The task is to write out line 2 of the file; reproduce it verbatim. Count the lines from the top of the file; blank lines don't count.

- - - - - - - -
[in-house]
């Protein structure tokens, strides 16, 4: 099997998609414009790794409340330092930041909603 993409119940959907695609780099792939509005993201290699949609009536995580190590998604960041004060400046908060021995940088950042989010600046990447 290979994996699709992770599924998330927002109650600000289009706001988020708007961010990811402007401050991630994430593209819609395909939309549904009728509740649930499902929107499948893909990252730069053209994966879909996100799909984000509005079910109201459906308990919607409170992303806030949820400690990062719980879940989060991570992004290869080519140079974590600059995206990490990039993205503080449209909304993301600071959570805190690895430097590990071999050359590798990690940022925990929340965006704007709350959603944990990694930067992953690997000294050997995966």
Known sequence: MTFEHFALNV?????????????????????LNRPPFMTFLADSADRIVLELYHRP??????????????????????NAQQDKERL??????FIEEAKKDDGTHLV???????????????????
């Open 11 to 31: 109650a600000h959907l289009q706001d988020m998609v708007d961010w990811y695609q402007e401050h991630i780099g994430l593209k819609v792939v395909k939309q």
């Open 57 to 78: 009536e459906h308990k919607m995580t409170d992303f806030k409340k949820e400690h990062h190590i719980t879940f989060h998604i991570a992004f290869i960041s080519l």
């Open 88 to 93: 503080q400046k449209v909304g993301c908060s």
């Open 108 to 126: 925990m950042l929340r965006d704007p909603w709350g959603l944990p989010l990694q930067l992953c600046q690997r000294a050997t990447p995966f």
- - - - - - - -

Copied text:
């Protein structure tokens, strides 16, 4: 099997998609414009790794409340330092930041909603 993409119940959907695609780099792939509005993201290699949609009536995580190590998604960041004060400046908060021995940088950042989010600046990447 290979994996699709992770599924998330927002109650600000289009706001988020708007961010990811402007401050991630994430593209819609395909939309549904009728509740649930499902929107499948893909990252730069053209994966879909996100799909984000509005079910109201459906308990919607409170992303806030949820400690990062719980879940989060991570992004290869080519140079974590600059995206990490990039993205503080449209909304993301600071959570805190690895430097590990071999050359590798990690940022925990929340965006704007709350959603944990990694930067992953690997000294050997995966």